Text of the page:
Technical Article

Selecting a Robotic Arm Solution for Industrial Robots

April 05, 2021 by Anish Devasia

Start learning about robotic arm solution, kinematic chain and motion planning, in this first technical installment.

Since the introduction of PLCs in industrial engineering in 1968, automating process capabilities have increased at a steady pace. 

Improvements in silicon-based integrated circuits and the emergence of mechatronics as a discipline made machines automate tasks with high precision and accuracy. The robotics field became a reality and not just a pipe dream.


Human Hands: The First Tool

Humans have been capable of large-scale improvements in a relatively small timeframe because of what human hands evolved to be. 

A hand—formed by many bones, joints, muscles, ligaments, and tendons—can execute a versatile array of tasks. This is possible due to the human hand’s dexterity and the superior control we have with our appendages. Opposable thumbs enhanced the prehensile nature of the hand humans received from evolutionary ancestors. 

The versatility, dexterity, and control possible by our hands enabled us to create and use tools to bring advancements, instead of evolving our body. 


Types of Robotic Arms

Robotic arms were the way forward after automating regular, repeatable tasks. Trying to mimic human hand versatility, robotic arms can have vastly different kinds of tools as appendages. Welding tips, drilling tips, polishing tools, liquid injection systems, etc., can be tooltips for a robotic arm. 

Even though robotic arms cannot match their human counterparts in terms of versatility and dexterity, they can accomplish specialized tasks in a modern industrial setting.


robotic arm

Figure 1. A robotic arm. Image used courtesy of Big Stock


Many different types of robotic arms are available according to their capability and the complexity of movements they can perform.


  • Cartesian/Gantry robot: Cartesian robots operate by executing linear motion in two or three axes in the cartesian coordinate system. They are also called linear robots.
  • SCARA robot: In addition to the linear axis movements of linear robots, SCARA has two rotary joints for more versatile movement.
  • Cylindrical robot: Cylindrical robots use axes of cylindrical coordinate systems for motion planning.
  • Spherical/Polar robot: It uses polar coordinate systems, unlike Cartesian and cylindrical robots.
  • Articulated robot: A robot with a complex set of linear and rotary movements incorporated together is an articulated robot. They have high versatility and programmability than other robots. Six-axis robots are widely used industrial robots that can be classified as articulated robots.
  • Anthropomorphic robot: It resembles a human hand with fingers and thumb that can be controlled independently. Such robots can have high degrees of freedom (30 and more), whereas six-axis robots have six degrees of freedom.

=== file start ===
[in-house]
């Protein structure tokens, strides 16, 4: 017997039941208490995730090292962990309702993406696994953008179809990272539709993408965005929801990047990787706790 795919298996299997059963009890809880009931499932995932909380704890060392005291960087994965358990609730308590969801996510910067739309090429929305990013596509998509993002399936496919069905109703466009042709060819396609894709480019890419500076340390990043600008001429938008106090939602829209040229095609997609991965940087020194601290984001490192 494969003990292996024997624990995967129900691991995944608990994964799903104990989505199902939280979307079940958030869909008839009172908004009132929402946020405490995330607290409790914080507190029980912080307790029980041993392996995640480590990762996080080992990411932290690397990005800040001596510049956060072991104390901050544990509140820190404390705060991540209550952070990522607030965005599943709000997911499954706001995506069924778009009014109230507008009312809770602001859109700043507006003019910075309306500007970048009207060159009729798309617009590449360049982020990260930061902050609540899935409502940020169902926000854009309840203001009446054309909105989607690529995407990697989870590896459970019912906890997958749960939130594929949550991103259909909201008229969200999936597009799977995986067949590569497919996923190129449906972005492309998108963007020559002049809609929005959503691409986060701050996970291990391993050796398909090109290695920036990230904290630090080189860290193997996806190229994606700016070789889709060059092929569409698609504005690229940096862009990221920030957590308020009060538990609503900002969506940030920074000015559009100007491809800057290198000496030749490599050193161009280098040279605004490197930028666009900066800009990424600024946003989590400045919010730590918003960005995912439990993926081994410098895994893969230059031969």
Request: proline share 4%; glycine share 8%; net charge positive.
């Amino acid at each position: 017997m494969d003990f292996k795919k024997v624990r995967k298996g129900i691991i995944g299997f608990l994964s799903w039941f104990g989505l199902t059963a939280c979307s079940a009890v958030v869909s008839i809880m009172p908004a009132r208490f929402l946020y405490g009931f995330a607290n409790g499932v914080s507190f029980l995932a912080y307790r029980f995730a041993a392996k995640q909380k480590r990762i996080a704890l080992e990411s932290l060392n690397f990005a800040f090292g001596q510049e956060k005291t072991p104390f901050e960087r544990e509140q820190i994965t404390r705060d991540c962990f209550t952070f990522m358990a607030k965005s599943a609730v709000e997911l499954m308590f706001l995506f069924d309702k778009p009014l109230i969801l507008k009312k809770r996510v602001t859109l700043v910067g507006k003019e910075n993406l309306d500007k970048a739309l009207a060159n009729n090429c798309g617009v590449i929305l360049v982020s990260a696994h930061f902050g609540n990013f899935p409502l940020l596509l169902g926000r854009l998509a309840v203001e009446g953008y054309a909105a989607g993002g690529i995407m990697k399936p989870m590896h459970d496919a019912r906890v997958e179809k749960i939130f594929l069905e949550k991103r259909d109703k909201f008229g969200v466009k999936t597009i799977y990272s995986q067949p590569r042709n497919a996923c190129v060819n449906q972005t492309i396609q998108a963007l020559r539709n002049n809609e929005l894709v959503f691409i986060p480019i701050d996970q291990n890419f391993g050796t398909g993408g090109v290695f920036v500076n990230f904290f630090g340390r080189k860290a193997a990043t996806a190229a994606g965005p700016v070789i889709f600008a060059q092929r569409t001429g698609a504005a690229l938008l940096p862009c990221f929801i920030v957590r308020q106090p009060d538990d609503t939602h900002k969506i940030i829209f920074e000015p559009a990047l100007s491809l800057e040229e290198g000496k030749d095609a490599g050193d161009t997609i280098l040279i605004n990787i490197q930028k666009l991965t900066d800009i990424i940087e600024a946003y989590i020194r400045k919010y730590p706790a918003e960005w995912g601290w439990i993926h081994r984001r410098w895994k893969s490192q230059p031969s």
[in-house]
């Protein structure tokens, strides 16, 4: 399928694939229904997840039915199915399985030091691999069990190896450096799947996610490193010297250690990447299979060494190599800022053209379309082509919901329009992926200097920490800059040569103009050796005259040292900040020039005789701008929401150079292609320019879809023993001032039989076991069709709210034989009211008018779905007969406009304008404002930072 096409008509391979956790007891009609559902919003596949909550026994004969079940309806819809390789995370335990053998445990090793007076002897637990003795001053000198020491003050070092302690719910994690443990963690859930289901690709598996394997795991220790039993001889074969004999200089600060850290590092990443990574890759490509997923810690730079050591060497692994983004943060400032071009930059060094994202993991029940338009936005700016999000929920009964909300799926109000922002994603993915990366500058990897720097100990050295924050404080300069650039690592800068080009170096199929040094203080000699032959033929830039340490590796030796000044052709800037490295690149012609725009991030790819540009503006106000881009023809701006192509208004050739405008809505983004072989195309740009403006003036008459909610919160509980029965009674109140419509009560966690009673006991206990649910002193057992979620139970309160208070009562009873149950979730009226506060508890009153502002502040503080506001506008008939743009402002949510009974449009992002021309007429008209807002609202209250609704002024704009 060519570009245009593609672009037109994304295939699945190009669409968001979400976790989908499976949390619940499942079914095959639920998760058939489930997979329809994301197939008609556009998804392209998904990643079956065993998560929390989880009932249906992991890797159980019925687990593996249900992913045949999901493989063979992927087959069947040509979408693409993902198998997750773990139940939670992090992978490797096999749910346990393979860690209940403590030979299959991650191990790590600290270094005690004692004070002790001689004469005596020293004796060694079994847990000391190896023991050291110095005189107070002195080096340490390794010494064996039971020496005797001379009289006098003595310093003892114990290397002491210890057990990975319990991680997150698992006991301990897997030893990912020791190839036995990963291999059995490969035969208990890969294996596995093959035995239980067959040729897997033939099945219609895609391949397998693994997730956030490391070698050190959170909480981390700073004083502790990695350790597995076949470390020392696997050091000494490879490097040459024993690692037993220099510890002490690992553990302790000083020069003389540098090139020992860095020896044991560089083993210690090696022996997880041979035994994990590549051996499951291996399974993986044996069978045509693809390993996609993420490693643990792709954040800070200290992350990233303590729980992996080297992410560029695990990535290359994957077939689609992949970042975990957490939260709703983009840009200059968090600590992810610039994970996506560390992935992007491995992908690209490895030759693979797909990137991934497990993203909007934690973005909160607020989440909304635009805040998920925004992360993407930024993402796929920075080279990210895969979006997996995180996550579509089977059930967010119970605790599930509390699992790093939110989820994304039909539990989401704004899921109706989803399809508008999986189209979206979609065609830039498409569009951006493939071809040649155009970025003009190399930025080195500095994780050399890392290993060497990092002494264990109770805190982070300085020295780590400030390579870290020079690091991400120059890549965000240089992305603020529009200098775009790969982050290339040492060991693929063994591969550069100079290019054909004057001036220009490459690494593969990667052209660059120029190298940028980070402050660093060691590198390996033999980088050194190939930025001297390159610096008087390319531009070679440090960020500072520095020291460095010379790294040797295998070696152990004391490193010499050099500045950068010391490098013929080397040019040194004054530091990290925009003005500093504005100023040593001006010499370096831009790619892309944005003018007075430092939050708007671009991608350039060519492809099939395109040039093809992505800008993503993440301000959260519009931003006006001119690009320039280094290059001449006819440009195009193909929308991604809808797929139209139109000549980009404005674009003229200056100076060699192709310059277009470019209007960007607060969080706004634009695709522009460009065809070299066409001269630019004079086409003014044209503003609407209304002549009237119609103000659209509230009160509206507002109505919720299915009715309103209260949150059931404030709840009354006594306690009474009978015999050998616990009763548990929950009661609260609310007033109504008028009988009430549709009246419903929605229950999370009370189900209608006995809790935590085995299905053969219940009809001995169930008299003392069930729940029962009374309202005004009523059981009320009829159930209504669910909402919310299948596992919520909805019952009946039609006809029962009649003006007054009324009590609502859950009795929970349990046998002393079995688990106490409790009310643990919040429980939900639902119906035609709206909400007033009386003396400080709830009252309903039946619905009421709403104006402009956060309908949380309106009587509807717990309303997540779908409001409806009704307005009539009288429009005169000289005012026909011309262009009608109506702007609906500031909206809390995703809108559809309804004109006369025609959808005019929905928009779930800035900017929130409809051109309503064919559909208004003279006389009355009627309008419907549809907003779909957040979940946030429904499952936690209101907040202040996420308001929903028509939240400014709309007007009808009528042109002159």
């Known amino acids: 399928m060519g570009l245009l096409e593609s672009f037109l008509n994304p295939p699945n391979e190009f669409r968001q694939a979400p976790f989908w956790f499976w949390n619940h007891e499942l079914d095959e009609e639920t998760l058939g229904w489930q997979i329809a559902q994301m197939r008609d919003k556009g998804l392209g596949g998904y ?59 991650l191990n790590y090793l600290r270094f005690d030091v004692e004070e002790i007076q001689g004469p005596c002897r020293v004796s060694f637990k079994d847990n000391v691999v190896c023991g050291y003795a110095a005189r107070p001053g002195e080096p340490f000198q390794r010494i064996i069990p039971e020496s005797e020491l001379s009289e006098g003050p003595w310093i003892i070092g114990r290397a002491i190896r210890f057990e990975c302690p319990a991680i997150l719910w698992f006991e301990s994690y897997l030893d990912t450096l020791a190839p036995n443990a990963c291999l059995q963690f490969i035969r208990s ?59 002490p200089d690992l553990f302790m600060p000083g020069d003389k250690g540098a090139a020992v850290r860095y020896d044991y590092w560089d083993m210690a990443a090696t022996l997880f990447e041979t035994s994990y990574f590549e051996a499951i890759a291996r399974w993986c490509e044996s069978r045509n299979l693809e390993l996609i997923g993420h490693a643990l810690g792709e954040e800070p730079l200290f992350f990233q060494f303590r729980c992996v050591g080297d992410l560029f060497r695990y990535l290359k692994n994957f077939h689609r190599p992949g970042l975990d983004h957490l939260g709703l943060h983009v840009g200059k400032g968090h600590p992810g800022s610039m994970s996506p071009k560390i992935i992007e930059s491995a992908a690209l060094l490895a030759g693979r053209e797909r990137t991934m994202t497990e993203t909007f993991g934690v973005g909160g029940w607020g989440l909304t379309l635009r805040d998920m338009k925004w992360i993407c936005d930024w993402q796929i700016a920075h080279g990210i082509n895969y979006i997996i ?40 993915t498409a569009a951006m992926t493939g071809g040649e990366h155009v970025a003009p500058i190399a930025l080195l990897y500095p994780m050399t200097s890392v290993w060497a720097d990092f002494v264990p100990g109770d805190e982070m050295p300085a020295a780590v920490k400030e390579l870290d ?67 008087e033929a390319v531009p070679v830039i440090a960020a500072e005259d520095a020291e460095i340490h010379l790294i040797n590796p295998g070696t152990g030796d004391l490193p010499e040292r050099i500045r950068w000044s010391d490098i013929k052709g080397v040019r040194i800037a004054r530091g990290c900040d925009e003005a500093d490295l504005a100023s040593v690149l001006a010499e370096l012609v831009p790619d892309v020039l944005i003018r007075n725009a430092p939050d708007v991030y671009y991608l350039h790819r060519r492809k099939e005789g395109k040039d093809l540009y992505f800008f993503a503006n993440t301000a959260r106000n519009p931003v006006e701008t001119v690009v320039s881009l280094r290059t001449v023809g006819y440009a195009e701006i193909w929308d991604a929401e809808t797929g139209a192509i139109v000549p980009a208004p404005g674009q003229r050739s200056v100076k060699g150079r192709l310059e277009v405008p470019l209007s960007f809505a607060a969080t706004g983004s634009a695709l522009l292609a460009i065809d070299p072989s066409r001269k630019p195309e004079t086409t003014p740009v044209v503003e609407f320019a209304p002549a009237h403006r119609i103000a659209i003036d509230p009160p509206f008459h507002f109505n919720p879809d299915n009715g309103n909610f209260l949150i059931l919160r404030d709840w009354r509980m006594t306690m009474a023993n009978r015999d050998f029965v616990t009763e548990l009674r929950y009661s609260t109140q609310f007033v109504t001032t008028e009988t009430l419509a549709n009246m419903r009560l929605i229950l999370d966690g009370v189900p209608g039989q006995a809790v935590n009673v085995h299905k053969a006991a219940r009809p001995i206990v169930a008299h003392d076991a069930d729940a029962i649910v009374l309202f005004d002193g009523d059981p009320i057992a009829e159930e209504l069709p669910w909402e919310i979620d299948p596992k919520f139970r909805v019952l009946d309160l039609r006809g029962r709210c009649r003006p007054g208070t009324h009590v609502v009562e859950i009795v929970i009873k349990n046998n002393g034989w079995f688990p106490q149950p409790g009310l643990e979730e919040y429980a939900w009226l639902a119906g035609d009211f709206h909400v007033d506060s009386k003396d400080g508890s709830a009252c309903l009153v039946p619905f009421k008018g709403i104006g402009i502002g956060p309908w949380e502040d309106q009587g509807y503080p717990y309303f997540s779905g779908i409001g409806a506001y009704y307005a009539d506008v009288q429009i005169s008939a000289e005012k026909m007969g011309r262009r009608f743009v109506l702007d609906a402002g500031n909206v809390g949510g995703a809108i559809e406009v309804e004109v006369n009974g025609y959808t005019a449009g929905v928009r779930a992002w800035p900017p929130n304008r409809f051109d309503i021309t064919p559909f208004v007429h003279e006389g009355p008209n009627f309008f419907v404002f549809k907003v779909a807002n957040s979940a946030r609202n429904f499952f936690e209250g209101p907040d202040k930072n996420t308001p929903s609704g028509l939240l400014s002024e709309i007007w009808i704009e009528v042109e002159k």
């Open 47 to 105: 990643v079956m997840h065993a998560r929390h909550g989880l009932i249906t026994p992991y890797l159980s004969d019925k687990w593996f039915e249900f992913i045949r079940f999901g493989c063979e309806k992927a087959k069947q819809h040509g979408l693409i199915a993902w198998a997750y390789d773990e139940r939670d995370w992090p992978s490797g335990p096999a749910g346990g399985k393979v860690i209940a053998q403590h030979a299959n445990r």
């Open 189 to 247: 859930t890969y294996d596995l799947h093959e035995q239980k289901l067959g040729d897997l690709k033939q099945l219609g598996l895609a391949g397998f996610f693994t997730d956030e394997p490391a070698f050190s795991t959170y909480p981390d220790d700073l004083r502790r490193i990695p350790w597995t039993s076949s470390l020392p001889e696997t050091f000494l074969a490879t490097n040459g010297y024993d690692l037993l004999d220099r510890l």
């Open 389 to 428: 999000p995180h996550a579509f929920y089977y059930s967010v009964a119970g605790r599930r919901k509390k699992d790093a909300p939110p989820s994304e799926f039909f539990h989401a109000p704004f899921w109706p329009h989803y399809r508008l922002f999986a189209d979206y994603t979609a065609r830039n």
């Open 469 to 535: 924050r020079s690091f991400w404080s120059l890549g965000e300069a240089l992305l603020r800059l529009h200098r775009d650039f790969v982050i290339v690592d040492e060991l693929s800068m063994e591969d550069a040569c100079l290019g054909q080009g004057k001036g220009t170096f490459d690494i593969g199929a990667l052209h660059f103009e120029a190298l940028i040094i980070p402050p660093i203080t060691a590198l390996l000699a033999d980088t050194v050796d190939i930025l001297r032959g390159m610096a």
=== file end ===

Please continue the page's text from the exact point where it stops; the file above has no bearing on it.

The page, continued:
Outlined below are two robotic arm solutions for cartesian robots, six-axis robots, and others.


Robotic Arm Solution

Application of mathematical principles is needed to design robotic parameters and calculate the movement required to complete a robot’s instruction. As we saw in the previous section, there are different kinds of robotic arms used in the industry. Each of them follows a different coordinate system due to the differences in mechanical design and use cases. 


cartesian robot

Figure 2. A Cartesian robot arm. Image courtesy of Bosch Rexroth


Cartesian robots only execute linear motion; the control equipment and motors can be mounted on straight line poles supported by rigid scaffoldings. Large, automated cranes in container terminals are examples of gantry robots. They only execute linear motion and can be defined, designed, and implemented with a three-dimensional Cartesian coordinate system. It has three axes for movement: x-axis, y-axis, and z-axis. Thus, it has three degrees of freedom. 

Gantry robots can only perform tasks limited by their three degrees of freedom. For more flexible movements, robots need to have more degrees of freedom. As the degrees of freedom increase, the dexterity of the robot also improves. Such robots in industrial settings commonly use kinematic structures.


Kinematic Chain

Donald L. Pieper proposed a design method for robotic arms called 321 kinematic structure. The kinematic structure, also called the kinematic chain, is used in most industrial robots today, except cartesian/gantry robots. 


Stanford arm

Figure 3. The Stanford arm. Image used courtesy of Gildardo Sánchez [CC BY 2.0]


Among the first implementation of this methodology is the Stanford arm based on the thesis of Donald Pieper. It was the first six-axis robot with six degrees of freedom for movement. It had two revolute joints at the base, one spherical joint, and a prismatic joint. 

Today, a significant number of industrial robots are built using this design methodology. The kinematic structure and kinematic chain are synonymous with 321 kinematic structure.


Motion Planning

Motion planning is the computational problem of calculating the path a robotic arm follows to execute its tasks. Robotic arms have different axes controlled by separate motors. Different configurations of the motors achieve different paths for motion. Keep an eye out for the second Robotic Arm Solution article for more information on motion planning.

Robotic arms are the evolution of machines accomplishing automated tasks to mimic the human hand for accomplishing complex and versatile tasks. Robotic arms can have different tooltips to achieve a variety of tasks. There are many different types of robotic arms according to the movement, coordinate system, and degrees of freedom. Robotic arm solution is the mathematical solution for maneuvering the arm. 

The upcoming series will provide insight into how to use the kinematic chain and motion planning in robotic arms.